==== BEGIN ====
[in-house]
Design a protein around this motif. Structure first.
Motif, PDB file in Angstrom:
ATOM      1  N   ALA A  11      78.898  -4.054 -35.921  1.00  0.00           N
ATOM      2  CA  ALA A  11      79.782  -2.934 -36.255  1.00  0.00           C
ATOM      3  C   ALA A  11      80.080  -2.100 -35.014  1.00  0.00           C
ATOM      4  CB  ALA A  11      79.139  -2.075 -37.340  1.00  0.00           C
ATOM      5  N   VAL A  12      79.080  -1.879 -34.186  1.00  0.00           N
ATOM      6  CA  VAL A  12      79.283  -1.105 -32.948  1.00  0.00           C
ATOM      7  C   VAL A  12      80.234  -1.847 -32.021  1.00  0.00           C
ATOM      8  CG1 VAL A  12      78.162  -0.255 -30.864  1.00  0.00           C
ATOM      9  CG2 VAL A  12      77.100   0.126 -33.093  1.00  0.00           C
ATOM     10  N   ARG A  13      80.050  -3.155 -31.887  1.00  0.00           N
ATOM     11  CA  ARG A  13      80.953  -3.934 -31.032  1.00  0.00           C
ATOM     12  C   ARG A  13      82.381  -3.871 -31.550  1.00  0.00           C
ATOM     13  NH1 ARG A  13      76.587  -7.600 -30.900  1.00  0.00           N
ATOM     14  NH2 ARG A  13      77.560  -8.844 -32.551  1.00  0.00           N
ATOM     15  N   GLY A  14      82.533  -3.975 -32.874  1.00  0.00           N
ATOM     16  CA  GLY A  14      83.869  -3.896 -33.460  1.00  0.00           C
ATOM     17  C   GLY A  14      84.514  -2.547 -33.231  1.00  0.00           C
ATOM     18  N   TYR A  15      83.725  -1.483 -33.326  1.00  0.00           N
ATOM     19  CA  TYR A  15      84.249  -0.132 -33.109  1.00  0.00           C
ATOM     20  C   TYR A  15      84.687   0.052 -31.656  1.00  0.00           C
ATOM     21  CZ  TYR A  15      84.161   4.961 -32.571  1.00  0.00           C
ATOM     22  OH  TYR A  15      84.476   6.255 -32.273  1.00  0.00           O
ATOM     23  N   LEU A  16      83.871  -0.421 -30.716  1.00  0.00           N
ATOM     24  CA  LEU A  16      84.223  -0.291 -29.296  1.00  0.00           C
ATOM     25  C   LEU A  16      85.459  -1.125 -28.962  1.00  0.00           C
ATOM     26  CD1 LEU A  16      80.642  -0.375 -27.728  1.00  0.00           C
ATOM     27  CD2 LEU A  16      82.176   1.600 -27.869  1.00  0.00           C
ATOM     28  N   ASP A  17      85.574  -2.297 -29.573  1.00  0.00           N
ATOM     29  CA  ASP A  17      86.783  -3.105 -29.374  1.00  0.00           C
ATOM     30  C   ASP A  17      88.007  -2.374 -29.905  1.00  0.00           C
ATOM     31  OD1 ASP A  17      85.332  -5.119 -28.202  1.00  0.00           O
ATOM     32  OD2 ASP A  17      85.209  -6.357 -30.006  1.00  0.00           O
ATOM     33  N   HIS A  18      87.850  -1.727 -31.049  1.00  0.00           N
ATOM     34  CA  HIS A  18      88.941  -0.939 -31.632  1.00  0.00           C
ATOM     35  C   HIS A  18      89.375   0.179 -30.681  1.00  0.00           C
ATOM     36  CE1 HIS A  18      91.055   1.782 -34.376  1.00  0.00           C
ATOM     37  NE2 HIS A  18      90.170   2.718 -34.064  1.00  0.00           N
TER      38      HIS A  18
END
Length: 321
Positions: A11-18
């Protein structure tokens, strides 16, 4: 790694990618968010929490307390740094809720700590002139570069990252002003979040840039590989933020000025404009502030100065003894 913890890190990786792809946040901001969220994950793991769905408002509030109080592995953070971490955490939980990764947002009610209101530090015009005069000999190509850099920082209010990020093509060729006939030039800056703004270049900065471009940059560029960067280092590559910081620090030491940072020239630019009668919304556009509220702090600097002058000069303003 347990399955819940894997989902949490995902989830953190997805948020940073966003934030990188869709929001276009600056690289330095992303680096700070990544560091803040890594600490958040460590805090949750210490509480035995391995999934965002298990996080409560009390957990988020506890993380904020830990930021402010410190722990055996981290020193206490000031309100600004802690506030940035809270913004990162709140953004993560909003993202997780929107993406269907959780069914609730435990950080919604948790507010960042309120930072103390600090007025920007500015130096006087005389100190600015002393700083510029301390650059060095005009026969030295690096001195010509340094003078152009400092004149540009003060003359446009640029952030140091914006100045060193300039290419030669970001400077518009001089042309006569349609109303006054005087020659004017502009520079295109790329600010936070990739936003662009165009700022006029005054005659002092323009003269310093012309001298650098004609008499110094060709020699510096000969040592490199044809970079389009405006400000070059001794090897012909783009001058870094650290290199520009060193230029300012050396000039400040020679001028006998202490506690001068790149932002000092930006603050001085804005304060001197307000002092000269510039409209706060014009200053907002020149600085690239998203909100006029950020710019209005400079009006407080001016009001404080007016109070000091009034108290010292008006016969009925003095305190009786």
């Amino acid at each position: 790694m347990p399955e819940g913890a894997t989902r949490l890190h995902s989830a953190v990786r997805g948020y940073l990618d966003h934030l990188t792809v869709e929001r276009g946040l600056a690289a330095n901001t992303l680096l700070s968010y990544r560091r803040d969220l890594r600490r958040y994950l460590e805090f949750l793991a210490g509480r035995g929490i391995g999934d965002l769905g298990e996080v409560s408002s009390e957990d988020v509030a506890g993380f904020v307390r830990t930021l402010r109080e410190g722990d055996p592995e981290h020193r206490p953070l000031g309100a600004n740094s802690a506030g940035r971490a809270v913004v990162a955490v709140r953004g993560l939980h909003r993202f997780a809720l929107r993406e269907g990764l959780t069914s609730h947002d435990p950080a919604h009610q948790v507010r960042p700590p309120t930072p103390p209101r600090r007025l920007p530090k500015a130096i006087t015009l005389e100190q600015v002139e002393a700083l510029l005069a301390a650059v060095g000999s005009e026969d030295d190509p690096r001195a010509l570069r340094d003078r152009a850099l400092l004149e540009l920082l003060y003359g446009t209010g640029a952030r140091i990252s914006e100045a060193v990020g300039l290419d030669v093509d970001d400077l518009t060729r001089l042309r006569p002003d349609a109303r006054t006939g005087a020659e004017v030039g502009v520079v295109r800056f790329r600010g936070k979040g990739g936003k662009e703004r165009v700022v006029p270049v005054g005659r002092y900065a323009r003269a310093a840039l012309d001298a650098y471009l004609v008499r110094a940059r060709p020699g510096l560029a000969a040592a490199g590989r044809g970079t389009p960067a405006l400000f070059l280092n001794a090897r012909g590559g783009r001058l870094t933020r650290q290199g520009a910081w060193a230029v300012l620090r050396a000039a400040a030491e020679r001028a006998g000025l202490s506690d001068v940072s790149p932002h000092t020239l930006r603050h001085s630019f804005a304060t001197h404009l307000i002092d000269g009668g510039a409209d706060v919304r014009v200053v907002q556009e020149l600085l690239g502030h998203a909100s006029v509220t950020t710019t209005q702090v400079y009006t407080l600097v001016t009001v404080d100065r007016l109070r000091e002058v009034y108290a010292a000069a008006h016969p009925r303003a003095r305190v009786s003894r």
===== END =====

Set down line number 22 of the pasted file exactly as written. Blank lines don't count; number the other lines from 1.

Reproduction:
ATOM     19  CA  TYR A  15      84.249  -0.132 -33.109  1.00  0.00           C